This summer, the province of Quebec has seen several new developments that may have a significant impact on the mining sector: the introduction of Bill 55 on transparency measures, the issuance by the BAPE of its report on uranium exploration, and the publication by the Secrétariat aux affaires autochtones of an informative document for developers regarding relations with aboriginal communities.
Bill 55: An Act respecting transparency measures in the mining, oil and gas industries
With the federal Extractive Sector Transparency Measures Act coming into effect at the beginning of the summer, transparency measures have been at the centre of Quebec’s Government recent concerns. Bill 55 was tabled by Quebec’s Minister for Mines on June 11, 2015, with the aim of enhancing transparency measures in the mining, oil and gas industries. These measures are intended to discourage and detect corruption, and to foster the social acceptability of natural resource exploration and development projects.
If adopted, the Act would apply to organizations that engage in the exploration or development of mineral substances or hydrocarbons, and that have a significant presence in Quebec. Businesses that transport hydrocarbons rather than produce them, such as pipeline companies, will not be subject to the Act.
Annual statement, oversight by the AMF and penalties
Bill 55 proposes that the subjected entities will have to annually report all payments, equal to or greater than $100,000, made to the same payee. Once submitted to the Autorité des marchés financiers (AMF), the statements will be public for five years.
In addition to its general powers of investigation, the AMF will be empowered to require the communication of any information deemed useful for the purposes of the Act. Moreover, the AMF may impose penalties to any party subject to the provisions of the Act for non-compliance.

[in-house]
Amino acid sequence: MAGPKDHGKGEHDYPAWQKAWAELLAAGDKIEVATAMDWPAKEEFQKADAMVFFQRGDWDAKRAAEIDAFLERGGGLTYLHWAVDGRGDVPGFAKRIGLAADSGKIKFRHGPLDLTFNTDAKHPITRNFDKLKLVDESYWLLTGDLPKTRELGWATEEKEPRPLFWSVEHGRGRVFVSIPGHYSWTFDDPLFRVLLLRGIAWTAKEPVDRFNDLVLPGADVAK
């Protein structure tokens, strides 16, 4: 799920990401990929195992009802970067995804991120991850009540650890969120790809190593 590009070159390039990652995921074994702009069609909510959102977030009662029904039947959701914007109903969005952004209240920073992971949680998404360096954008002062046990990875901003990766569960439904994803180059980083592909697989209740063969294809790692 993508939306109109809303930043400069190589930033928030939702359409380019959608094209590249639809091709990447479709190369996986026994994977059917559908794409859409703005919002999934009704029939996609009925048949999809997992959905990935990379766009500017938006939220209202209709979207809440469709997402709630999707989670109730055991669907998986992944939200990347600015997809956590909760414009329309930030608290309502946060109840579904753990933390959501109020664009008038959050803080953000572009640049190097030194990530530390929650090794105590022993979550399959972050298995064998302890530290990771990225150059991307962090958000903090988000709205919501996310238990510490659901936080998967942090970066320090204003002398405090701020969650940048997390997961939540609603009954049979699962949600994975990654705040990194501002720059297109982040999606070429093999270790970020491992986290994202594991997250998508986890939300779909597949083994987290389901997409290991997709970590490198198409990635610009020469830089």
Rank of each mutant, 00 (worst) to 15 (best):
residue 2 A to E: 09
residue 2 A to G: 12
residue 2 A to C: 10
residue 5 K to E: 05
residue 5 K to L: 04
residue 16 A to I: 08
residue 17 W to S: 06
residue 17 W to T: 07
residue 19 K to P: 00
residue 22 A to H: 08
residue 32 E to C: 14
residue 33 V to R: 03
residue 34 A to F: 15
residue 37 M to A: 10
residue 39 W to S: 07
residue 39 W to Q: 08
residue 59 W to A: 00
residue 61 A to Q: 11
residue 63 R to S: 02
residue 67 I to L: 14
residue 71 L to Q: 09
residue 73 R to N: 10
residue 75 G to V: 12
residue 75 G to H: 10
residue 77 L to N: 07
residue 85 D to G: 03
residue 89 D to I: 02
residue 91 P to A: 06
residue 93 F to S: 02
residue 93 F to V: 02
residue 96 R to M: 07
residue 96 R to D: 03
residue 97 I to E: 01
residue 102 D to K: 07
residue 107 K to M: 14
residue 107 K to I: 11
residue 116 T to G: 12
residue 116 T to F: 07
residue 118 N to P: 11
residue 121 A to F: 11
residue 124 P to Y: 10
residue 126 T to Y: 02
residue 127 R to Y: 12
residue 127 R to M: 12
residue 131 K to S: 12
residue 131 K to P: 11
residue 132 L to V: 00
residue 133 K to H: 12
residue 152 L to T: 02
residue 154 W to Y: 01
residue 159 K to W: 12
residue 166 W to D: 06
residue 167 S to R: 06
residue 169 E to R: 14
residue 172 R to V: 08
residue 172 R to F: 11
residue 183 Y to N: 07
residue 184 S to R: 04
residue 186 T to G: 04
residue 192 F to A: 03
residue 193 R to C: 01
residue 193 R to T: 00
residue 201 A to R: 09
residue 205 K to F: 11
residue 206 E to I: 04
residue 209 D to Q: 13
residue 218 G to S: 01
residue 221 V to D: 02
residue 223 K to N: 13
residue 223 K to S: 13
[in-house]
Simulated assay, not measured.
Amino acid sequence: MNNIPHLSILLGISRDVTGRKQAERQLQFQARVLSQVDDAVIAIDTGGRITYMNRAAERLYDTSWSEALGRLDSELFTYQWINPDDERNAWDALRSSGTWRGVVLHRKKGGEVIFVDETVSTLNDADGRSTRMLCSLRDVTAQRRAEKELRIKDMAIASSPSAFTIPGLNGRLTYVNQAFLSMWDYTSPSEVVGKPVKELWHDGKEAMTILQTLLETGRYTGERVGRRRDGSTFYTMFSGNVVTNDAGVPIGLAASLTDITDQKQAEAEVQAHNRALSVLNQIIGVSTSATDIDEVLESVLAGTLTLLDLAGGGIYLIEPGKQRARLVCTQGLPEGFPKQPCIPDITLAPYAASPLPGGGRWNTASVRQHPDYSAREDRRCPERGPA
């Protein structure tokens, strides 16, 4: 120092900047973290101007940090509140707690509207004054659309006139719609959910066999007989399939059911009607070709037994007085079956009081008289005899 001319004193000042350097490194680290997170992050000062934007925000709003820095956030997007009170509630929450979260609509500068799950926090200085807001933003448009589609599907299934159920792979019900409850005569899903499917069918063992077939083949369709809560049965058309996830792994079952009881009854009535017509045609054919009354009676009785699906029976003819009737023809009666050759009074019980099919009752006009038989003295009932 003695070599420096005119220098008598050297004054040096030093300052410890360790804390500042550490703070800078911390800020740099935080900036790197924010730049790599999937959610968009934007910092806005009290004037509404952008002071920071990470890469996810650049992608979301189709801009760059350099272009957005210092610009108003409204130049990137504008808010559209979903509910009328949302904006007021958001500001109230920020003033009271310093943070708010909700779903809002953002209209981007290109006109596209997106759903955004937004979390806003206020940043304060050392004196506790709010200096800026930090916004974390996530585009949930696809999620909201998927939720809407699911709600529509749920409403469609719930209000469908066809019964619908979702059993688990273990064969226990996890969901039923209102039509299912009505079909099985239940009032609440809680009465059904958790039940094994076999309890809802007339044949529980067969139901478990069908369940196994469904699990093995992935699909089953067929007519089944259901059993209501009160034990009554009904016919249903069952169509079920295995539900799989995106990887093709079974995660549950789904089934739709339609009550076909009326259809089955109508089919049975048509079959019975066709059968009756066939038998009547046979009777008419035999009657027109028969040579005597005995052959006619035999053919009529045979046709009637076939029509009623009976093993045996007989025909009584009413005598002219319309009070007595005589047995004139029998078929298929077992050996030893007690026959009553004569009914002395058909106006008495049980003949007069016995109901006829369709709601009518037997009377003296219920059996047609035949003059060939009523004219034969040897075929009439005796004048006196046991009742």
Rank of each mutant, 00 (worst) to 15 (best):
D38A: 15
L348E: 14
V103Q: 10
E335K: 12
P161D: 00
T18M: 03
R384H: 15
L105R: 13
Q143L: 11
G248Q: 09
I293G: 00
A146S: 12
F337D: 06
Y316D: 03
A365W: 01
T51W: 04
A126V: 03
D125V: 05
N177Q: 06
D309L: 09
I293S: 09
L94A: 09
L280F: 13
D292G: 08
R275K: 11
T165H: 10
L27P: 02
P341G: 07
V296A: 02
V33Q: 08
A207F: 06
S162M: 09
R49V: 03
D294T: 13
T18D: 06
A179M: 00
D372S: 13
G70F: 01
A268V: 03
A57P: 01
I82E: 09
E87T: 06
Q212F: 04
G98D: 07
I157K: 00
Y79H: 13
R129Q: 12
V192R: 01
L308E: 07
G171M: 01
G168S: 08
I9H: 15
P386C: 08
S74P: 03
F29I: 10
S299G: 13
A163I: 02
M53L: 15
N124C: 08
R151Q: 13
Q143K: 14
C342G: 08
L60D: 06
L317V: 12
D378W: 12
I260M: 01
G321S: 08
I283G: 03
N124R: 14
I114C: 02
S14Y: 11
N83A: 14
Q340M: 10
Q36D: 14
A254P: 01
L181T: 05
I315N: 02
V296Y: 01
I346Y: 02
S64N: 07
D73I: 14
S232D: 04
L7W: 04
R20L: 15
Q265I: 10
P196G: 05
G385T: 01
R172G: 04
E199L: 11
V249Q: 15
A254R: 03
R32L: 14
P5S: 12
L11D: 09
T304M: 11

“Payees” under Bill 55
The payments subject to the above requirement include all those made to the government, a body established by two or more governments, a municipality, the Kativik Regional Government, a First Nation, an entity that exercises powers or duties of government or any other beneficiary designated by regulation of the government.
At the present time, special consultations and public hearings on Bill 55 are being held.
BAPE report on potential uranium mining operations in Quebec
Since the start, the idea of uranium exploration in Quebec has raised concerns on security and environmental impacts. As a result, the Government has taken measures to assess the sustainability and the feasibility of the uranium projects in the province. During the last year, the Bureau d’audiences publiques sur l’environnement (BAPE) held several public consultations in order to establish the potential of uranium mining operations in Quebec. In its report to the Minister of Sustainable Development, Environment and the Fight against Climate Change dated May 20, 2015, the BAPE concluded that allowing such operations would be counter-productive in the current context.
According to the BAPE, there is a lack of reliable data on the possible impacts of long-term uranium exposure.
The public consultations conducted by the BAPE rapidly revealed that social acceptability would be an issue if the province was to allow uranium mining operations. Also, several parties, including Aboriginal communities, expressed their restraint based on the potential risks associated with uranium exploration and the vagueness surrounding the management of radioactive tailings.
The BAPE concludes that a proper long-term risk management plan is essential if the Government wants to go forward and allow uranium exploration. The costs anticipated with the uranium waste storage is one issue that has to be evaluated.
Relations with Aboriginal communities: Quebec publishes an informative document for developers
The Government recently published an informative document on Aboriginal factors to be considered by any developer contemplating a natural resource development project, Information for Developers and General Information Regarding Relations with Aboriginal Communities in Natural Resource Development Projects. It provides avenues for establishing harmonious and constructive relationships between developers and aboriginal communities.
Steps that can be taken by developers
It is recommended that developers establish regular contact with the communities that could potentially be affected by their projects, notably at the preliminary phase in order to learn about the Aboriginal communities’ concerns and expectations.
Buteau and Labeau are partners at Norton Rose Fulbright’s Quebec office.